During the useful life of any tile floor, tiles will loosen and have to be repaired. The level of difficulty of this type of repair is about a 3 on a scale of one to ten; one being the easiest and ten being the hardest. This type of repair is costly when contracted out. Certainly within the skill level of most homeowners and given the proper instruction, it can easily be done over a weekend. Let me give you a brief overview of how to fix a loose floor tile and save yourself an unnecessary labor charge from a general contractor.
First, you will need a few simple tools, which should include eye protection, gloves, broom, dust pan or shop vacuum, hammer, masonry chisel, small taping knife, bucket, grout that matches the original, grout sponge, and a high quality thin set. The thin set should be of a modified nature, meaning that latex based additives have been mixed into it during manufacture. These additives allow the thin set to cure quicker and have a more resilient bond with the floor. It’s good to have a spare tile or two just in case you accidentally crack the loose tile during the repair process.
The hardest part of the entire process is getting the loose tile off the floor. Even though the tile is not adhered to the sub floor any longer, it still will want to stay in place. The irregularities between the tile’s edges and the grout against them need to be removed. With your safety glasses in place, use the hammer and chisel and gently remove the grout around the loose tile. It is important to use gentle, downward blows with your hammer. You may not be Michelangelo carving David, but you still need to be delicate. Be deliberate and remove all the grout from all 4 sides of the loose tile. The grout should be completely removed until you expose the edges of the 4 adjoining floor tiles. Once the grout has been removed the tile should easily come up by hand. If this does not happen, gently pry the tile off the floor using the chisel. Make sure you protect the edges of the good tiles still on the floor.
Now that the tile has been removed from the floor, you will need to remove the thin set from both the tile and the floor. Using the hammer and chisel remove all the old thin set from the back of the tile. Be careful with hammering on the tile. Lay the tile on a firm surface such as a workbench, and take your time. One heavy handed blow from the hammer and your tile will crack. You do not have to be as careful with removing the thin set from the sub floor. Remove enough so that the face of the tile, when placed back in its original location, is below the plane of the floor surface by approximately 3/16 of an inch.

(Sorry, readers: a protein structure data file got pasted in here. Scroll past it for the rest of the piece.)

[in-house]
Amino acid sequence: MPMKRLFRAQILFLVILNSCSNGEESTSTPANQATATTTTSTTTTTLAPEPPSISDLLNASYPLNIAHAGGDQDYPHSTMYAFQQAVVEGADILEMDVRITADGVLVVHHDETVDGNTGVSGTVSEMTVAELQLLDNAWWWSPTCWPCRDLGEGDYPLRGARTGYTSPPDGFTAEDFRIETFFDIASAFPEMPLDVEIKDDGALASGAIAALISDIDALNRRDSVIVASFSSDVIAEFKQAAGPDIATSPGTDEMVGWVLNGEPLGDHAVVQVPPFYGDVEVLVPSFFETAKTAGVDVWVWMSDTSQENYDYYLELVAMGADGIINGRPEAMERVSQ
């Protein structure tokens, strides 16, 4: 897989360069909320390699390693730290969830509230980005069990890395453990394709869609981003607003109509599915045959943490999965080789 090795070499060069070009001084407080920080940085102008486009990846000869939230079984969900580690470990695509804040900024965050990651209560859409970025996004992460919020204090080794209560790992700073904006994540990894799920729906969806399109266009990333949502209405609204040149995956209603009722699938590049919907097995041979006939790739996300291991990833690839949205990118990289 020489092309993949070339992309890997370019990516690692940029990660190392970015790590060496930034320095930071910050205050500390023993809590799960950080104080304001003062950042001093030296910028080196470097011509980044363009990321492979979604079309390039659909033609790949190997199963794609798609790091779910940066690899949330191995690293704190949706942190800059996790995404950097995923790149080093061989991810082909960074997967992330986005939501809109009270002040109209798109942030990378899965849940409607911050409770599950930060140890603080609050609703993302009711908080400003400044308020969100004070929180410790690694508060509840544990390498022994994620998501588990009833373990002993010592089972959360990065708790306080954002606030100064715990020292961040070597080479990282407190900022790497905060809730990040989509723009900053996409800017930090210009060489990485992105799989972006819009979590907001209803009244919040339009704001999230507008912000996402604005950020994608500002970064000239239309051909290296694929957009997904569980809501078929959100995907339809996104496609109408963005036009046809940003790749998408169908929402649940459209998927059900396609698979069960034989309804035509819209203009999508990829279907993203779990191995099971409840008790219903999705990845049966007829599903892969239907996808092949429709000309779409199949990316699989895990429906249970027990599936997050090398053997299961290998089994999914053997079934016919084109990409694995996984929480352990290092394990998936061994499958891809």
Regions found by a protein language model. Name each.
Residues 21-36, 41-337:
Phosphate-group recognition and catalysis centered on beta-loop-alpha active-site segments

With the tile and floor free of any old thin set, it is now time to place the tile back in place. When mixing the new thin set, carefully follow the manufacturer’s specifications. The substance should have the same consistency of peanut butter when properly mixed. It should easily adhere to your fingertips and stick to them when you touch it. Using the taping knife, apply thin set to the back of the floor tile and the face of the sub floor. When properly done, the thin set should exactly make up the gap between the sub floor and the tile, allowing the face of the tile to lie in the same plane as the floor. Again, following the manufacturer’s specifications, allow the thin set to cure. From my experience, overnight will usually be enough.
The last step is to reapply grout around your newly placed tile. As always, follow the instructions recommended by the manufacturer. Using the taping knife, fill the space between the tiles with grout and wipe the excess away with the grout sponge. The sponge should be wet, but not too wet. Novice tile setters tend to use a sponge that has too much water in it. Too much water allows the sponge to remove an excessive amount pigment from the grout. The grout will then take on a whitish color that doesn’t match the existing grout color well. Wringing out the sponge as hard as you can you will be fine. An advanced technique is to feather the new grout over the old. This allows the colors to blend and won’t be as noticeable.
In conclusion, be diligent in cleaning the floor tile and sub floor of old thin set. Do your best to get the tile back in the same plane of the floor. Grout with care and feather the new grout over the old grout. If you follow these instructions to the best of you ability, you will have a completed repair equal to, if not better than, any contractor could have done for you.